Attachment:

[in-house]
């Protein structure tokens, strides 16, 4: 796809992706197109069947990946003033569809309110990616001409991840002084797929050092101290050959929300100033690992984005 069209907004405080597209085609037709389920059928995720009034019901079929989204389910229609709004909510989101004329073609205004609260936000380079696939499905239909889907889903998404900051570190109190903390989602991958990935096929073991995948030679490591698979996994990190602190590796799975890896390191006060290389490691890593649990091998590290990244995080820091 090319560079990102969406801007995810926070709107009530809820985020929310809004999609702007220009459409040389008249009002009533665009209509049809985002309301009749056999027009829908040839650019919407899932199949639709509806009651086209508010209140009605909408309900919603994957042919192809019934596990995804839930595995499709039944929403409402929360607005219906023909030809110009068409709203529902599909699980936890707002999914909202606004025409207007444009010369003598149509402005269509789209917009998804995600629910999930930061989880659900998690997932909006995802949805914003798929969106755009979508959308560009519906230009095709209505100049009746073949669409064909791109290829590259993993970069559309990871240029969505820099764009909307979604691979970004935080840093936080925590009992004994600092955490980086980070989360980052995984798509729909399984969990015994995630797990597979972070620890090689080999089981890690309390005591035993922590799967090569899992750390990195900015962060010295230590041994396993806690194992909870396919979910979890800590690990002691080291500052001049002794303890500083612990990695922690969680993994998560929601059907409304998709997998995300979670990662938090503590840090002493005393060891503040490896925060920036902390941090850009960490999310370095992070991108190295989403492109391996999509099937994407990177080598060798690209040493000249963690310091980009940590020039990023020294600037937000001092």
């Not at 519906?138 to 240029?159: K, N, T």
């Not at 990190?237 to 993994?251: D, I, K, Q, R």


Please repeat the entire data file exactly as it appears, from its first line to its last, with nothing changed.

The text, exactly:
[in-house]
């Protein structure tokens, strides 16, 4: 796809992706197109069947990946003033569809309110990616001409991840002084797929050092101290050959929300100033690992984005 069209907004405080597209085609037709389920059928995720009034019901079929989204389910229609709004909510989101004329073609205004609260936000380079696939499905239909889907889903998404900051570190109190903390989602991958990935096929073991995948030679490591698979996994990190602190590796799975890896390191006060290389490691890593649990091998590290990244995080820091 090319560079990102969406801007995810926070709107009530809820985020929310809004999609702007220009459409040389008249009002009533665009209509049809985002309301009749056999027009829908040839650019919407899932199949639709509806009651086209508010209140009605909408309900919603994957042919192809019934596990995804839930595995499709039944929403409402929360607005219906023909030809110009068409709203529902599909699980936890707002999914909202606004025409207007444009010369003598149509402005269509789209917009998804995600629910999930930061989880659900998690997932909006995802949805914003798929969106755009979508959308560009519906230009095709209505100049009746073949669409064909791109290829590259993993970069559309990871240029969505820099764009909307979604691979970004935080840093936080925590009992004994600092955490980086980070989360980052995984798509729909399984969990015994995630797990597979972070620890090689080999089981890690309390005591035993922590799967090569899992750390990195900015962060010295230590041994396993806690194992909870396919979910979890800590690990002691080291500052001049002794303890500083612990990695922690969680993994998560929601059907409304998709997998995300979670990662938090503590840090002493005393060891503040490896925060920036902390941090850009960490999310370095992070991108190295989403492109391996999509099937994407990177080598060798690209040493000249963690310091980009940590020039990023020294600037937000001092």
């Not at 519906?138 to 240029?159: K, N, T």
């Not at 990190?237 to 993994?251: D, I, K, Q, R």